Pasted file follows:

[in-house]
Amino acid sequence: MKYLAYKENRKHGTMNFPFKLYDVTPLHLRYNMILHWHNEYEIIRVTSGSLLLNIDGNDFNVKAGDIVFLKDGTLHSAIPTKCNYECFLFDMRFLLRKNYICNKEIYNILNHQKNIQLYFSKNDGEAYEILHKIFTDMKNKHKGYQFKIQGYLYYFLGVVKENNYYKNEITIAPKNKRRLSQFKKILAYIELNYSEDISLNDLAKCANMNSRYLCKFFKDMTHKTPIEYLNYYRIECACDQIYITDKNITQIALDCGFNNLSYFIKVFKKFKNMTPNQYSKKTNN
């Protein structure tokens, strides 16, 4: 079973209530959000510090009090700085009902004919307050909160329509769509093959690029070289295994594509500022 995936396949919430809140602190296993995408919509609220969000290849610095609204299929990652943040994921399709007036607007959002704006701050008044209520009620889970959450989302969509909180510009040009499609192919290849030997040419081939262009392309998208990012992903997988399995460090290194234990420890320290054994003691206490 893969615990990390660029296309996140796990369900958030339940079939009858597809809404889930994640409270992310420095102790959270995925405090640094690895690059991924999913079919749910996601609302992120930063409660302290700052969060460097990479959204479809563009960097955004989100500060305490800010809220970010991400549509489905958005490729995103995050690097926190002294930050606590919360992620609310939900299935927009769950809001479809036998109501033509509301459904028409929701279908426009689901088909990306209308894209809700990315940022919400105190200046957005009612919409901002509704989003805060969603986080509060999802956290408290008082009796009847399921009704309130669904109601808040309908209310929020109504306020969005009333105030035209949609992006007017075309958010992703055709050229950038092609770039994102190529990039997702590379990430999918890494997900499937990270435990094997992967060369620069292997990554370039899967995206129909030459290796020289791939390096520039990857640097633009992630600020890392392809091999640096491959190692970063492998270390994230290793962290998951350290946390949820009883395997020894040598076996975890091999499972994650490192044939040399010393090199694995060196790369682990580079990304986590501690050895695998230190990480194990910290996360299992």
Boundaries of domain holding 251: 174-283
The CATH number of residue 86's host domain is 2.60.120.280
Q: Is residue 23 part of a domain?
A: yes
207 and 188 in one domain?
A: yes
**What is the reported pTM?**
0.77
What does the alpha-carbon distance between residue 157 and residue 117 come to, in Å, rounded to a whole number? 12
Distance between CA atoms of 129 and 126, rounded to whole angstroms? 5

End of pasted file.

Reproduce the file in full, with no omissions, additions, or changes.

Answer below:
[in-house]
Amino acid sequence: MKYLAYKENRKHGTMNFPFKLYDVTPLHLRYNMILHWHNEYEIIRVTSGSLLLNIDGNDFNVKAGDIVFLKDGTLHSAIPTKCNYECFLFDMRFLLRKNYICNKEIYNILNHQKNIQLYFSKNDGEAYEILHKIFTDMKNKHKGYQFKIQGYLYYFLGVVKENNYYKNEITIAPKNKRRLSQFKKILAYIELNYSEDISLNDLAKCANMNSRYLCKFFKDMTHKTPIEYLNYYRIECACDQIYITDKNITQIALDCGFNNLSYFIKVFKKFKNMTPNQYSKKTNN
């Protein structure tokens, strides 16, 4: 079973209530959000510090009090700085009902004919307050909160329509769509093959690029070289295994594509500022 995936396949919430809140602190296993995408919509609220969000290849610095609204299929990652943040994921399709007036607007959002704006701050008044209520009620889970959450989302969509909180510009040009499609192919290849030997040419081939262009392309998208990012992903997988399995460090290194234990420890320290054994003691206490 893969615990990390660029296309996140796990369900958030339940079939009858597809809404889930994640409270992310420095102790959270995925405090640094690895690059991924999913079919749910996601609302992120930063409660302290700052969060460097990479959204479809563009960097955004989100500060305490800010809220970010991400549509489905958005490729995103995050690097926190002294930050606590919360992620609310939900299935927009769950809001479809036998109501033509509301459904028409929701279908426009689901088909990306209308894209809700990315940022919400105190200046957005009612919409901002509704989003805060969603986080509060999802956290408290008082009796009847399921009704309130669904109601808040309908209310929020109504306020969005009333105030035209949609992006007017075309958010992703055709050229950038092609770039994102190529990039997702590379990430999918890494997900499937990270435990094997992967060369620069292997990554370039899967995206129909030459290796020289791939390096520039990857640097633009992630600020890392392809091999640096491959190692970063492998270390994230290793962290998951350290946390949820009883395997020894040598076996975890091999499972994650490192044939040399010393090199694995060196790369682990580079990304986590501690050895695998230190990480194990910290996360299992």
Boundaries of domain holding 251: 174-283
The CATH number of residue 86's host domain is 2.60.120.280
Q: Is residue 23 part of a domain?
A: yes
207 and 188 in one domain?
A: yes
**What is the reported pTM?**
0.77
What does the alpha-carbon distance between residue 157 and residue 117 come to, in Å, rounded to a whole number? 12
Distance between CA atoms of 129 and 126, rounded to whole angstroms? 5